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School district puts evolving plan in place to be prepared for pandemic flu outbreak

The Tyrone Area School District’s slogan is “The Steps To A Better Tomorrow,” and once again the district is honoring that by placing in effect an evolving plan to counter and/or respond to a potential worldwide pandemic flu outbreak.
School board members approved a district pandemic plan at last night’s board meeting, although steps in the plan began last fall when letters were sent out to school district parents and information was placed on the district’s website to help them prepare and learn about a flu pandemic that could potentially make many people sick.
Tyrone Area Middle and High School nurse Julie Patton presented the main points of the district’s plan to board members before final approval was granted. Patton, along with elementary school nurse Brenda Cowger and district administration, have been developing the ever-evolving plan for over a year.
The district’s pandemic plan consists of four main focuses – prevention, preparedness, response, and recovery. Within that, there are assigned responsibilities and roles in the school district that involves all staff members from the administration on down. It also identifies community agencies that would be involved if a pandemic flu outbreak did occur.
Historically, there have been three pandemics in the twentieth century. The last one occurred in 1968. A pandemic that hit in the United States in 1918 held an approximate death toll of 500,000 people. Each time there was widespread illness and death, so the country might be overdue for an outbreak if history repeats itself.
Patton said the biggest pandemic flu outbreak concern is the Avian Flu, or Bird Flu. She said that health officials are worried that the gene could mutate, meaning that instead of going from bird to bird transmission, it would go from bird to human. Ultimately, the mutated gene could go from human to human, causing a worldwide outbreak.
Some of the problems that come with a pandemic flu outbreak compared to a seasonal flu outbreak include: little or no pre-existing immunity, healthy people may be at risk for serious complications, health systems may be overwhelmed, a vaccine probably wouldn’t be available in the early stages of the pandemic, effective antivirals may be in limited supply, symptoms may be more severe and complications more frequent, and the potential for severe impact on domestic and world economy.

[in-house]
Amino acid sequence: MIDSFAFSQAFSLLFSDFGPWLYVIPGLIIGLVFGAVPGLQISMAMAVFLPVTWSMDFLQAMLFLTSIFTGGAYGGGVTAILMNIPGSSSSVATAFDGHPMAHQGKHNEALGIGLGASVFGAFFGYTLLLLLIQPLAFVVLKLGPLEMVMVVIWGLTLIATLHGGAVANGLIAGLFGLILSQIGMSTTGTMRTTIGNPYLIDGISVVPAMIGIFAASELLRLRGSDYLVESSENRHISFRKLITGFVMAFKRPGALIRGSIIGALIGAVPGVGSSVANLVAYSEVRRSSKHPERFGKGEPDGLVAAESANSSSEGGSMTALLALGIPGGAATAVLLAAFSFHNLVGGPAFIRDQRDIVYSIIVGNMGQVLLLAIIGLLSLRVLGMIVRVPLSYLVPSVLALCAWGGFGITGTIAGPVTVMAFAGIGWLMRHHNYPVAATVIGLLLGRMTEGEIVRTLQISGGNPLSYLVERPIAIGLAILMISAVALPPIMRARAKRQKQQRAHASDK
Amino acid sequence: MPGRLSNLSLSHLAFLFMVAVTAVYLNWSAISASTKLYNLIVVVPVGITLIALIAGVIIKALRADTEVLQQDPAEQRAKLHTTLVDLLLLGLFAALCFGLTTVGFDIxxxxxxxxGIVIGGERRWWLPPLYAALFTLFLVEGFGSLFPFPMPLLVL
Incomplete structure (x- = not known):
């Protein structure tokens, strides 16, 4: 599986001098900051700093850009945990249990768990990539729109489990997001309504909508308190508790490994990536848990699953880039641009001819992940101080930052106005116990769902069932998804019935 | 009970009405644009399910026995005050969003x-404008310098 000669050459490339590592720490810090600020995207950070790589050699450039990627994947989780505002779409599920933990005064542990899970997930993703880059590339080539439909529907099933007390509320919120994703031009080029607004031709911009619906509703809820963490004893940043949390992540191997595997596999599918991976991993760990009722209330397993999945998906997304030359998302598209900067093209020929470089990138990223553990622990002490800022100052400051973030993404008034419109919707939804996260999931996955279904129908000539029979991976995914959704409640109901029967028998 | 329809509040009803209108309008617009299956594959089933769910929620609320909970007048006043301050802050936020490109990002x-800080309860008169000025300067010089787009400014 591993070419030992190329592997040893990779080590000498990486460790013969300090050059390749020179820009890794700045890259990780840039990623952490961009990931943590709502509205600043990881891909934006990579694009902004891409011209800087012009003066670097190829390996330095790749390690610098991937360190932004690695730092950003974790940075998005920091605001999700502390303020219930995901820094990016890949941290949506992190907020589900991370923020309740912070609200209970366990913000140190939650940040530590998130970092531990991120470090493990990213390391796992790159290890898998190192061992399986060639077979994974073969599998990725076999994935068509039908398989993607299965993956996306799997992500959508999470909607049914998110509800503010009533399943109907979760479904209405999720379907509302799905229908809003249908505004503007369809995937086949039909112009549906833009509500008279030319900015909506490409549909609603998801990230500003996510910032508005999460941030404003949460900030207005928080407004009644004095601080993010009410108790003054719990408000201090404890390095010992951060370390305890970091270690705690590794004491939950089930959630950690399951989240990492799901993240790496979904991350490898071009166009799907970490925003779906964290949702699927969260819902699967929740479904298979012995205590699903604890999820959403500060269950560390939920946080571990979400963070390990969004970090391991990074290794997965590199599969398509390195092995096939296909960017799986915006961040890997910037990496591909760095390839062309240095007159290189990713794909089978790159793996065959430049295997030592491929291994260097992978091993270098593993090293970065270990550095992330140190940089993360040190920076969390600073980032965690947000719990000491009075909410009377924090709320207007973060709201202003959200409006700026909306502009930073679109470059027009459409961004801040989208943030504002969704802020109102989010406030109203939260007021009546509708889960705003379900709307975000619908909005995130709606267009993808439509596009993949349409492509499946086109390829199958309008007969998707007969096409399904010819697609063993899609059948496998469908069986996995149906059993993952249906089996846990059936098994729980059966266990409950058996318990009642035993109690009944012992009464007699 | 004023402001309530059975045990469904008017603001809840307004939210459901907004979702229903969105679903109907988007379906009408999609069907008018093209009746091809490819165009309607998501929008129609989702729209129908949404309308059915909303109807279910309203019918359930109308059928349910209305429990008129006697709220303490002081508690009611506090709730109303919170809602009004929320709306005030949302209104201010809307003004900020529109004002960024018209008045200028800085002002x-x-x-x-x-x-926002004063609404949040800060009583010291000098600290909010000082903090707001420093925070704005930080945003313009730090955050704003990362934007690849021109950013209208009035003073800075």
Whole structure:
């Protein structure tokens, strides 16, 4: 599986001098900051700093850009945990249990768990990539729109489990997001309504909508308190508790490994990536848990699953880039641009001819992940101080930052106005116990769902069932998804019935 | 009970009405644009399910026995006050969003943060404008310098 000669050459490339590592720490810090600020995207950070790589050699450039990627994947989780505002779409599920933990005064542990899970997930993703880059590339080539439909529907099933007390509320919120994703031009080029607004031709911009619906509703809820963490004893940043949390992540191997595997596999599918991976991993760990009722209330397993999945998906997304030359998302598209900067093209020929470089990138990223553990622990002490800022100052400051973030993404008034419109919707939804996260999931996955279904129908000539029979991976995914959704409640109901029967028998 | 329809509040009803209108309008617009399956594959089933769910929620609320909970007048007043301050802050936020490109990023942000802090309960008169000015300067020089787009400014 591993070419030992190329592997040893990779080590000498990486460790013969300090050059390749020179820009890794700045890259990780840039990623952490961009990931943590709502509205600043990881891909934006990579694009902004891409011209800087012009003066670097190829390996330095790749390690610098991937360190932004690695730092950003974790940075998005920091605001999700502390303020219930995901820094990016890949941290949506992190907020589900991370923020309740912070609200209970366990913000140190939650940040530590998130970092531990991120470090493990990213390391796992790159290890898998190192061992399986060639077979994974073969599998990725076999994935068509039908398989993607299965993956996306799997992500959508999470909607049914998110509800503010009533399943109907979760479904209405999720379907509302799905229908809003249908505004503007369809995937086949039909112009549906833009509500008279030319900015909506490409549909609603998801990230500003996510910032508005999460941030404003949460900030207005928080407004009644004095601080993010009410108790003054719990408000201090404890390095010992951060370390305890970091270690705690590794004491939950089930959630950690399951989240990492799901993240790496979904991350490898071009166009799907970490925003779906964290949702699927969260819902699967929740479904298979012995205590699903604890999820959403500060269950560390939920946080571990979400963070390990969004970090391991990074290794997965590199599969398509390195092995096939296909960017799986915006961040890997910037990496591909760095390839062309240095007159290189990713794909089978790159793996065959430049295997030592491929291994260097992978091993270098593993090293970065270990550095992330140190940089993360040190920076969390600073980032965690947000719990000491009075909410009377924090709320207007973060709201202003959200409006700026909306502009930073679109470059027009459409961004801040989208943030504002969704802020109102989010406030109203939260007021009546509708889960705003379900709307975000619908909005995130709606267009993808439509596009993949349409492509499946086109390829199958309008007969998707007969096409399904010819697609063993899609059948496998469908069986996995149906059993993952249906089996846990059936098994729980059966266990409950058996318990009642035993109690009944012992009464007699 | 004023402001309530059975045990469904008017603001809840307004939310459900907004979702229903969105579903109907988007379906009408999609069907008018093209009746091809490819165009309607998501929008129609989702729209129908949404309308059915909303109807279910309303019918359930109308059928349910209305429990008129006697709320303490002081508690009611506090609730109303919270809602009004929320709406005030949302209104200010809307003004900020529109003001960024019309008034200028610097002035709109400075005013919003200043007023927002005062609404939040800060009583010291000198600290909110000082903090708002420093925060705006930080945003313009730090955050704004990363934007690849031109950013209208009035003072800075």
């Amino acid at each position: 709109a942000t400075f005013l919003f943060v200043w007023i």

“If this should occur it would be a massive undertaking for our society,” stated Patton. “Not just the health care and educational system, but society in general – so the idea is for us to be prepared before it happens.”
Patton noted that the school district has already addressed some of the issues under preparedness in the plan, by providing general information to parents on good hygiene, such as covering mouths when sneezing, washing hands, and keeping sick kids from school so they aren’t likely transmitting their sickness to other kids.
“We’re working on preparedness and prevention, and hopefully we won’t get to the latter stages of the plan, which are response and recovery,” said Patton. “It’s difficult to prepare for something you don’t want to happen, but the school district takes it very seriously – the key is that we work together to be prepared.”
The United States Department of Health and Human Services would be responsible to make the decision to close down schools when a pandemic flu outbreak occurs. When over 10 percent of student enrollment in a building or grade level became sick at one time, the school district would report that to the Department of Health and decisions would be made from there.
Tyrone Area School Board President Lee Stover said that the district handles all the children in the surrounding community, so the district would most likely be the first place spotted if any incidents of problems occurred. He thinks the school district’s plan and training will be very important.
“I think having a plan in place and being proactive is way better than trying to be reactive,” added Stover. “It gives us a quicker approach to getting things done by having a plan in place, but I hope we never have to use it.”
Superintendent Dr. William Miller agreed with Stover on having to enact the plan, adding that the plan is required to be put together to protect the students, community, and the safety of everyone.